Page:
Michael Cleary: We almost felt we were playing for two All-Irelands

Mick Gill is the only player to win two senior hurling All-Irelands in the same year, Civil War delaying his Galway 1923 glory until it had company in his 1924 medal with Dublin.

Michael Cleary would nearly put himself and his Tipperary teammates of 1991 in that bracket.

“We’d beaten Antrim in ‘89, our first All-Ireland in 18 years. But with all due respect to Antrim, we never got credit for that. Whether we deserved it or not is a matter of opinion. But it was almost as if we were searching for credibility,” Cleary says, in his shop in Nenagh.

“In the general public’s eyes, we still hadn’t beaten a big power. Ok, Kilkenny weren’t the force back then they are now, but they were still a traditional county.

“We almost felt we were playing for two All-Irelands. And had Kilkenny won that game, I’m sure history would weigh heavily on our shoulders and not look on us too favourably.”

Tipp’s modern history, Kilkenny’s ancient past. Could be that both leaned too strong on a final that slipped quickly from the memories of anyone without allegiance.

“We were lucky enough on the day, no doubt about it. It was far from a classic All-Ireland. But looking back, I don’t think it matters much, when you win.

“There was a lot of relief about it. To be fair, we had a lot of injuries. Nicky English was injured, he was gone early in the second-half. Cormac Bonner carried an injury into that. They were two big players for us. And we didn’t have the benefit of them in that final. Pat Fox was the difference. He pulled us over the line. But that game was there for Kilkenny to win and they didn’t win it.”

Fox hit five points and harvested a hurler of the year gong. But in Cleary’s mind, the clay had been loosened by a century of spadework done by men like Paddy Riordan, Johnny Leahy and Donie Nealon in finals against Kilkenny.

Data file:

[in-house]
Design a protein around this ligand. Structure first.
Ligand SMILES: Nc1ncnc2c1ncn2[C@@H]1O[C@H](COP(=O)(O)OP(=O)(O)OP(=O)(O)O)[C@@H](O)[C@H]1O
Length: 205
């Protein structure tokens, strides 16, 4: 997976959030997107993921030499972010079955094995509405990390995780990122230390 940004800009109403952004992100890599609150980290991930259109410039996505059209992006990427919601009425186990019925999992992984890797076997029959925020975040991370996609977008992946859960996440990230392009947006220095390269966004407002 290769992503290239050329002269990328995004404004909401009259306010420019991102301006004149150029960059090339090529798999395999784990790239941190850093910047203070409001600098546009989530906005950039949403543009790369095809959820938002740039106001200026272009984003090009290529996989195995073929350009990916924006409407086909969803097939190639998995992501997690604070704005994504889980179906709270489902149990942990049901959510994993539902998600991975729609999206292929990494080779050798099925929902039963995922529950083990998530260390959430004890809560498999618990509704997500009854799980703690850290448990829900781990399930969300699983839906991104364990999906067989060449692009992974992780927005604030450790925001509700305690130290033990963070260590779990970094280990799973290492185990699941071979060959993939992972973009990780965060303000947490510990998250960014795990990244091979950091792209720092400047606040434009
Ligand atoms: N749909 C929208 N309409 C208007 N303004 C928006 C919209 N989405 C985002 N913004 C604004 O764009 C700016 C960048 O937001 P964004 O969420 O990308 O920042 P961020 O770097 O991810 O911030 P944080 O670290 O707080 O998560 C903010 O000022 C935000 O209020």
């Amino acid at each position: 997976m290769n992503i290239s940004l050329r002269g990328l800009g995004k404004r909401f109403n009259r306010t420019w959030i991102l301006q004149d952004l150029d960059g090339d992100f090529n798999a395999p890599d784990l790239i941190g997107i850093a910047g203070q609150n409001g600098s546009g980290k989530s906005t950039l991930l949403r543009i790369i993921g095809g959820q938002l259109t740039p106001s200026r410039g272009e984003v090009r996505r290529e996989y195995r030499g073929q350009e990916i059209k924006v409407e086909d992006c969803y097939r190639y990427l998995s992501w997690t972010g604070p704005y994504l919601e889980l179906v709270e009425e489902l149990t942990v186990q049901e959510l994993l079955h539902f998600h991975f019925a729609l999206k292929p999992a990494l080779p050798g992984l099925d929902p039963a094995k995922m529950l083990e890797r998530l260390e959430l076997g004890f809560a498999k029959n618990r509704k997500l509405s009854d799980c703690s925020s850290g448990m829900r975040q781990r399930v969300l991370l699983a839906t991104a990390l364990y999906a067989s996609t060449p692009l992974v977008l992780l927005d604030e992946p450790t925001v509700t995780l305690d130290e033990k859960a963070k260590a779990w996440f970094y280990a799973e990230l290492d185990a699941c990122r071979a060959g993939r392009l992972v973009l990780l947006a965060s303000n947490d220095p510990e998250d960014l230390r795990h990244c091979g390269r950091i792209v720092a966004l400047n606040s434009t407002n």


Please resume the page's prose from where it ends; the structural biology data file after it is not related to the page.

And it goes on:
“We hadn’t met for so long, there wasn’t really a rivalry. Kilkenny had beaten us in a few league matches, so we had no entitlement to be confident.

“But we were confident. Traditionally, Tipp had a great run against Kilkenny. Up to that, Kilkenny beat Tipp once in an All-Ireland in 70 years.

“There was a feelgood factor. Tipp beat Kilkenny in All-Irelands. That was the thing at the time. It’s well and truly gone at this stage. I actually think it worked both ways. It helped us and I think the Kilkenny lads, deep down, I’ve no doubt the ‘we have trouble beating Tipp’ thing was in the psyche.”

Kilkenny for the hurlers, Tipp for the men. Tipp had plenty of hurlers in ‘91, but in certain quarters, that old credo, first attributed to Leahy in 1917, still stood.

“That probably was the way. In the late 60s, Kilkenny had enough of Tipp and decided to ‘man up’, for want of a better expression.

“They obviously recognised it themselves. It was universally accepted Kilkenny had the hurlers and Tipp were different men, I suppose. That’s not to say Kilkenny were lesser men but Kilkenny concentrated on the hurling and Tipp added a bit of ‘muscle’ to it - I don’t know what the correct terminology would be. But now Kilkenny combine both. They always had the hurlers.”

Fate’s role in writing history? Kilkenny might have had the men in 1991 had Cleary’s free, early in the second-half, not slipped into the top corner of Michael Walsh’s net. A substantial lodgment in a four-point win.

“I always quote the Archbishop the following night: ‘He went for a point and had to be happy with a goal.’ I thought that summed it up.

“For a second there was silence in the ground. I just felt for a split-second I was the only one in the ground who knew. I knew instantly I had mishit it, but I also knew it was gone in, I’d say, before anyone else did. Freakish!” Meant to be? “Absolutely.”

It puts him back in Croke Park Sunday, waving to the crowd in the Jubilee presentation. Back at the scene, this time it’s modern history that troubles him. Now, when it’s there for Kilkenny to win, they generally oblige.

“It’s so hard to call. If you sit down with a sheet of paper and try pick the best team out of the two of them you’ll wind up eight-seven no matter how many times you go at it.

“It could go the other way to 1991. Very much so. I’ve no doubt they’ll be very comfortable if this match is tight coming down the stretch. The Kilkenny boys will be very confident, as they showed against Waterford and many times over the last decade, that they’re happy they can squeeze out a result.

“They’ve done it enough times.”


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